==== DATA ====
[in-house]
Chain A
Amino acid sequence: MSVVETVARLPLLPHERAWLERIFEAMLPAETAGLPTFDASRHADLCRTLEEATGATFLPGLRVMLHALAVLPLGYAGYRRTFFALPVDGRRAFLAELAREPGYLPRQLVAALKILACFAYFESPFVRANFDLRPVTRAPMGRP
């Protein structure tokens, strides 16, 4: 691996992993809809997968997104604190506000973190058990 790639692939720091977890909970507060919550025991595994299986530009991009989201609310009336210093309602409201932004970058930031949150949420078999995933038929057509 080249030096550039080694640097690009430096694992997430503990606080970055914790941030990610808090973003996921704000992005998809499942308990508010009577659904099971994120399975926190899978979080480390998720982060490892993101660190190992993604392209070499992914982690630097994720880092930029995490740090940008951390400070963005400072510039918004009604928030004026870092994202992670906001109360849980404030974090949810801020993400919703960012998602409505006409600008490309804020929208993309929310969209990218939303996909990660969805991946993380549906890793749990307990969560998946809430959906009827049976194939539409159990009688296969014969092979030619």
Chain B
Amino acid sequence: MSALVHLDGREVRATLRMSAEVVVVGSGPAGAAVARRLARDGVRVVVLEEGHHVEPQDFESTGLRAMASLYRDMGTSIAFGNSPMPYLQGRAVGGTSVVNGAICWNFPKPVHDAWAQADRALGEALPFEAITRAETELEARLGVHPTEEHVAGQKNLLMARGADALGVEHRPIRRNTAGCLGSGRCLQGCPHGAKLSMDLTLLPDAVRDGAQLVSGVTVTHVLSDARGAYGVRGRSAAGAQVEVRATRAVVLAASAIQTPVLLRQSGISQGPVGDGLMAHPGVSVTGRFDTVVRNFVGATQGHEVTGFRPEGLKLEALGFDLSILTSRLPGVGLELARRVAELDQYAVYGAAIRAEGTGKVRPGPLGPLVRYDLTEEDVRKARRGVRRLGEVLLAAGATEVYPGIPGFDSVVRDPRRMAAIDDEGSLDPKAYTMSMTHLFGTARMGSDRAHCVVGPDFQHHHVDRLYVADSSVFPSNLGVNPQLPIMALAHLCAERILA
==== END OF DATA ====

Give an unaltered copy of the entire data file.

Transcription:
[in-house]
Chain A
Amino acid sequence: MSVVETVARLPLLPHERAWLERIFEAMLPAETAGLPTFDASRHADLCRTLEEATGATFLPGLRVMLHALAVLPLGYAGYRRTFFALPVDGRRAFLAELAREPGYLPRQLVAALKILACFAYFESPFVRANFDLRPVTRAPMGRP
């Protein structure tokens, strides 16, 4: 691996992993809809997968997104604190506000973190058990 790639692939720091977890909970507060919550025991595994299986530009991009989201609310009336210093309602409201932004970058930031949150949420078999995933038929057509 080249030096550039080694640097690009430096694992997430503990606080970055914790941030990610808090973003996921704000992005998809499942308990508010009577659904099971994120399975926190899978979080480390998720982060490892993101660190190992993604392209070499992914982690630097994720880092930029995490740090940008951390400070963005400072510039918004009604928030004026870092994202992670906001109360849980404030974090949810801020993400919703960012998602409505006409600008490309804020929208993309929310969209990218939303996909990660969805991946993380549906890793749990307990969560998946809430959906009827049976194939539409159990009688296969014969092979030619």
Chain B
Amino acid sequence: MSALVHLDGREVRATLRMSAEVVVVGSGPAGAAVARRLARDGVRVVVLEEGHHVEPQDFESTGLRAMASLYRDMGTSIAFGNSPMPYLQGRAVGGTSVVNGAICWNFPKPVHDAWAQADRALGEALPFEAITRAETELEARLGVHPTEEHVAGQKNLLMARGADALGVEHRPIRRNTAGCLGSGRCLQGCPHGAKLSMDLTLLPDAVRDGAQLVSGVTVTHVLSDARGAYGVRGRSAAGAQVEVRATRAVVLAASAIQTPVLLRQSGISQGPVGDGLMAHPGVSVTGRFDTVVRNFVGATQGHEVTGFRPEGLKLEALGFDLSILTSRLPGVGLELARRVAELDQYAVYGAAIRAEGTGKVRPGPLGPLVRYDLTEEDVRKARRGVRRLGEVLLAAGATEVYPGIPGFDSVVRDPRRMAAIDDEGSLDPKAYTMSMTHLFGTARMGSDRAHCVVGPDFQHHHVDRLYVADSSVFPSNLGVNPQLPIMALAHLCAERILA